Olympic Redneck Volleyball

Everyone has their opinion about what the next olympic sport should be. But in the true unifying spirit of the Olympics, I humbly offer an idea ten times better than yours–redneck volleyball.

If like me you’ve grown tired of watching supple and well-oiled human bodies accomplish amazing physical feats so demanding that only an unbalanced individual could accomplish them, then redneck volleyball is for you.

The Pit

Played outdoors, the pit can consist of anywhere between 20% to 80% sand with the rest of the particulate matter ranging from dirt, weeds, manure and/or gravel. Changing conditions from location to location is part of the challenge. [Read more…]

Redneck Sustainability: Eating Dirt

Kids have always known it. Rednecks and the rural have long embraced it. Urban hipsters are stumbling upon it by accident. Not only is dirt wholesome, it’s healthy.

Living according to the oppressive saying, “cleanliness is next to Godliness,” can not only lead to compulsive behavior, but it can reduce you to a 98-pound weakling. For any of you yankees who still beg to differ, even the New York Times has agreed for years (click here for a story on babies eating dirt, and here for dirt and allergies).

So go ahead. Sterilize everything. Dip everything in a commercial chemical bath before consumption. And keep on sneezing your sterile snot into your precious sanitary facial tissues while the rest of us gain beneficial microbes and strengthened immunity from indulging in the sacred 3-second rule (or 60-second rule, or the universal “trash-cookie” policy). [Read more…]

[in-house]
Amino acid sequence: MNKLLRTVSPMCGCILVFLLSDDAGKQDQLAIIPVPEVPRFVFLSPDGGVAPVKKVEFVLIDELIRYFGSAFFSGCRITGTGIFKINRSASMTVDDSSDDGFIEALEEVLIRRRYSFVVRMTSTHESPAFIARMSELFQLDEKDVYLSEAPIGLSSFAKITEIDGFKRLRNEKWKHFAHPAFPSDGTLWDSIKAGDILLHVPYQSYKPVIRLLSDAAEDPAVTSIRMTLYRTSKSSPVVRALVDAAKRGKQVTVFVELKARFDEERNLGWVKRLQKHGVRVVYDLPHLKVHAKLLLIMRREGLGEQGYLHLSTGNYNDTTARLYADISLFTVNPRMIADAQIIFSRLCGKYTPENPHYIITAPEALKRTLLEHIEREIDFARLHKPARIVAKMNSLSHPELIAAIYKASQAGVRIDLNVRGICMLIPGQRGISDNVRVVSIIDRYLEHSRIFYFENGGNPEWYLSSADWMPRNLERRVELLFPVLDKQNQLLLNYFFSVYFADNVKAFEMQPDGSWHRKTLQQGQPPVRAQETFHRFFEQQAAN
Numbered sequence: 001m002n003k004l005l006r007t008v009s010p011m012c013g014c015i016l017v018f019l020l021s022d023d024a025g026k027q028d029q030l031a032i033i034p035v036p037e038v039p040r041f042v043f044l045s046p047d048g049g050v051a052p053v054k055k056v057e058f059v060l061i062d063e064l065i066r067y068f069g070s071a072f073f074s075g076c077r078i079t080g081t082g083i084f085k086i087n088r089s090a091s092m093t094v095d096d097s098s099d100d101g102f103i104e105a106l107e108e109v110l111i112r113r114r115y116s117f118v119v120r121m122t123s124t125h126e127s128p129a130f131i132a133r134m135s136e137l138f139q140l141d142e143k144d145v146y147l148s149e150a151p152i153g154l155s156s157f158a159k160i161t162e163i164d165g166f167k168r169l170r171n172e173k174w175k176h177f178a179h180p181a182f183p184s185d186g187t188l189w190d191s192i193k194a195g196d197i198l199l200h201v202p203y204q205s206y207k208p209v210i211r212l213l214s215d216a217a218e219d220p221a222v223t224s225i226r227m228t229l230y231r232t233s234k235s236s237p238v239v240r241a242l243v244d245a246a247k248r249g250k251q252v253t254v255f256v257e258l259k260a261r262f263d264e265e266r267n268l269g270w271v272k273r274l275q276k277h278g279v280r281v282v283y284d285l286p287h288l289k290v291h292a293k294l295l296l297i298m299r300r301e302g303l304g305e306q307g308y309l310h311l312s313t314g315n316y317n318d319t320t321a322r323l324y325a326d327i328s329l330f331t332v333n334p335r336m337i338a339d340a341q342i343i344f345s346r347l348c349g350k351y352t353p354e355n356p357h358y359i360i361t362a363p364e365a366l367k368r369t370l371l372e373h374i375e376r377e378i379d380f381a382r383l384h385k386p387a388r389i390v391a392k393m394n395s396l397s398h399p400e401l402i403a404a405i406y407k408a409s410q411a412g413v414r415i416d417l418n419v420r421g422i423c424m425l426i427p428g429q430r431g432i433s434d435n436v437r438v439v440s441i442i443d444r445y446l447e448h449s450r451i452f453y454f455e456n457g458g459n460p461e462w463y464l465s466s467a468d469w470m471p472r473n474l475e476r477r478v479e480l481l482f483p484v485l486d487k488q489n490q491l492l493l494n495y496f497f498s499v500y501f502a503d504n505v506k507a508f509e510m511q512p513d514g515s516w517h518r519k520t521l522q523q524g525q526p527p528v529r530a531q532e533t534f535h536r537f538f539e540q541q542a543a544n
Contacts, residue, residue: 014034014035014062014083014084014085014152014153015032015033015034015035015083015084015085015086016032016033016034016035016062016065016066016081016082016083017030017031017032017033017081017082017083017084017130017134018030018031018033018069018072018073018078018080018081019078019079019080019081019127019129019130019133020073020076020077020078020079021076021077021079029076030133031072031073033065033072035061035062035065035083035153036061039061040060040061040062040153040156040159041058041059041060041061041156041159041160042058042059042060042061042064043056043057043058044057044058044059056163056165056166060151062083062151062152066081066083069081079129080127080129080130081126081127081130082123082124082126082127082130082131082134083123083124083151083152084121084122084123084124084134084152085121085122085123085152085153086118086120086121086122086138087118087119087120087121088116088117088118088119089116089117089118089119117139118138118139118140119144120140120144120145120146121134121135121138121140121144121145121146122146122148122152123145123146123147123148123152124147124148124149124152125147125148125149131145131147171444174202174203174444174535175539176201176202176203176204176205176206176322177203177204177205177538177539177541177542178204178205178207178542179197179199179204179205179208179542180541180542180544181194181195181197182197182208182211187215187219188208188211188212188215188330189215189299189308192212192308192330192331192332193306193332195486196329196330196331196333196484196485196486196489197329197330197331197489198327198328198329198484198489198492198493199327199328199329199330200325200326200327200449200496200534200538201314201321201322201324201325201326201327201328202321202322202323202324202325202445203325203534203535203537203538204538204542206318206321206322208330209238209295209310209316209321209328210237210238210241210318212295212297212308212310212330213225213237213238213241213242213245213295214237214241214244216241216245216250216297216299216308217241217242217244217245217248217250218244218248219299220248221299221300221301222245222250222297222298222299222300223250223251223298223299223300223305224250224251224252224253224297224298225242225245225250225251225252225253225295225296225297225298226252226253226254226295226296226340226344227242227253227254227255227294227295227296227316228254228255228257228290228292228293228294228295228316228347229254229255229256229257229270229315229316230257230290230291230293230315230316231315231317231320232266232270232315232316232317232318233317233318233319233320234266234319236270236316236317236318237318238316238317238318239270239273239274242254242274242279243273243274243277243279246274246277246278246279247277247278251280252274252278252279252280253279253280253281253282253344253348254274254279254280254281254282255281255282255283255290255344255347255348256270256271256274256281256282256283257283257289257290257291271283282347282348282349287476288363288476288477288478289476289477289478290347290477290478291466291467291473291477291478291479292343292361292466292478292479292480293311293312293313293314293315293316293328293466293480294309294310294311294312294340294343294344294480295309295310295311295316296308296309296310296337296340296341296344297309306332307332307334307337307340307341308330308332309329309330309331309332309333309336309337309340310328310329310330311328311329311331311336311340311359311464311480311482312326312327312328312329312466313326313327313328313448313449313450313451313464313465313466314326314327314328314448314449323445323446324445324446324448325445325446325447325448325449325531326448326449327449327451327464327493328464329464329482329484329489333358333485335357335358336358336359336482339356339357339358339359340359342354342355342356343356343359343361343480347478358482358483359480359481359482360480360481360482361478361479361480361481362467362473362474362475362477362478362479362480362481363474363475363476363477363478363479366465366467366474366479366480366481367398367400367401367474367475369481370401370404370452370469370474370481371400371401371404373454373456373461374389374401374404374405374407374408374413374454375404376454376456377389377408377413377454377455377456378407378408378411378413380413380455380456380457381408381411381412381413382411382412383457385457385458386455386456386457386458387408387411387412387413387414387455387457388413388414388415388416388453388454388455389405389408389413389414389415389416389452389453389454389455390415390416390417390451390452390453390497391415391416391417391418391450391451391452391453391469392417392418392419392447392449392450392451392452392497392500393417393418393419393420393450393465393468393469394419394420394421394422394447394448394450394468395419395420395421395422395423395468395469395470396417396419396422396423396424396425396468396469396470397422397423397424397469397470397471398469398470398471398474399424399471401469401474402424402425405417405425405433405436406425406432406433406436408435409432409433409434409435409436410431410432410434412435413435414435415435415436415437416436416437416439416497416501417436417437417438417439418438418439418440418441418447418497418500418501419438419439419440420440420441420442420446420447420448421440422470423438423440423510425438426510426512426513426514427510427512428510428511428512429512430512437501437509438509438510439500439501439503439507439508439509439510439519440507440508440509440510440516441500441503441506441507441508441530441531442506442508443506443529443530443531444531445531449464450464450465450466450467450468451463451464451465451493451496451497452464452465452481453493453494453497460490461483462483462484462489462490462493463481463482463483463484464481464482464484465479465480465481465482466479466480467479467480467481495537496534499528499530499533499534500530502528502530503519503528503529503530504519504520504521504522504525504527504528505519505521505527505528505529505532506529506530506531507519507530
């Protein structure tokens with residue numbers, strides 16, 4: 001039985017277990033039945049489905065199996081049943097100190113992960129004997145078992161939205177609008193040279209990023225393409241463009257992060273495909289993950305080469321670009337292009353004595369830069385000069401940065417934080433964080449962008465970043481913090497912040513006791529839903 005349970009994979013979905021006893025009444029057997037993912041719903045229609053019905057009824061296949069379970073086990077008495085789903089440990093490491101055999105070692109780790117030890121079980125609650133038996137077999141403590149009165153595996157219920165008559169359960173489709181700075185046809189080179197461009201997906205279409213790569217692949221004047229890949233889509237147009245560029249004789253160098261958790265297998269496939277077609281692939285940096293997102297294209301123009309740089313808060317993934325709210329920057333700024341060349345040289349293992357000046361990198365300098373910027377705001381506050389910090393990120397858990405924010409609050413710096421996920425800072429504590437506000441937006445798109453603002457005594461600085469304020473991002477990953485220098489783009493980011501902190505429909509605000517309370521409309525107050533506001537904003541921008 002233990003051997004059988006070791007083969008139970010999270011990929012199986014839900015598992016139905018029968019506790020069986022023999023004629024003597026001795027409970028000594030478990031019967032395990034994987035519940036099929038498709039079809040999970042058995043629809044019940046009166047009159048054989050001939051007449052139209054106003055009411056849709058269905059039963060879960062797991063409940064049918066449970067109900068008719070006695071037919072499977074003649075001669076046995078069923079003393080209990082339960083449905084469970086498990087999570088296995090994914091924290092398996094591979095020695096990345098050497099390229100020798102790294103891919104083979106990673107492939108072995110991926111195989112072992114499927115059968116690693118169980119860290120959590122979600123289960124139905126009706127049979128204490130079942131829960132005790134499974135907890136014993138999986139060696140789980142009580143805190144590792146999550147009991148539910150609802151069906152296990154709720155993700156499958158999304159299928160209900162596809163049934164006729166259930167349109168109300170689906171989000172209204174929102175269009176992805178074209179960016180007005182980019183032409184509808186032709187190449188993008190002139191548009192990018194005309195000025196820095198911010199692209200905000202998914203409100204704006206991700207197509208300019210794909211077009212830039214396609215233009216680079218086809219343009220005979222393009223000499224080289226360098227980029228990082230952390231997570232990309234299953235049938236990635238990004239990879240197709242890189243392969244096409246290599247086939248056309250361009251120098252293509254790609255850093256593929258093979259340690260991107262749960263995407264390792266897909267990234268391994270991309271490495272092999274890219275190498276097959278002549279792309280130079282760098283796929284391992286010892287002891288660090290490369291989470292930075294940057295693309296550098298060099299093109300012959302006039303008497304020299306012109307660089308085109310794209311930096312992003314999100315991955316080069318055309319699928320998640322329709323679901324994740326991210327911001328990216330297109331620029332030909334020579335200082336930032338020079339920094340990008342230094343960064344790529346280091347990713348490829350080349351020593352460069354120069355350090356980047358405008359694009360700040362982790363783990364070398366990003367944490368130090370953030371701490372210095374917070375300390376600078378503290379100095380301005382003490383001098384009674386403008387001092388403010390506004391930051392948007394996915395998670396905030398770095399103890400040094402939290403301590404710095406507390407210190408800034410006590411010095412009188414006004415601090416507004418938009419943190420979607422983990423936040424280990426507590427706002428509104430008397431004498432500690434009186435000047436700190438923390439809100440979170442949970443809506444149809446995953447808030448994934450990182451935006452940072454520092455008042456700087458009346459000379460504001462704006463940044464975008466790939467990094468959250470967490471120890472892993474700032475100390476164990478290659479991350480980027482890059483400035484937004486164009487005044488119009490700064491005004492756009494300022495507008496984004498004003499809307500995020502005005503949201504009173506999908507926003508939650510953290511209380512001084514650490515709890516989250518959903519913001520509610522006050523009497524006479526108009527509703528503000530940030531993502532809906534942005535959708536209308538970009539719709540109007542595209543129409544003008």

Redneck Sustainability: How to Dig a Big Hole

As the rather disturbing saying goes, there’s more than one way to skin a cat. Not sure which states actually allow cat skinning. But I’m sure you’re familiar with the expression, “It’s only an expression.” That said, I’d like to talk about digging holes.

These days there are lots of ways to go about digging a big hole: skid loaders, back hoes, trenchers, pneumatic diggers, etc. But one old-fashion means of digging remains. You might have heard of it–the shovel.

The art of shovel-wielding has been maintained by a small, elite group of blue-collar professionals and rednecks. It’s one of those skills you begrudging learn as a youth only to be grateful for later in life when confronted with the collapse of society. [Read more…]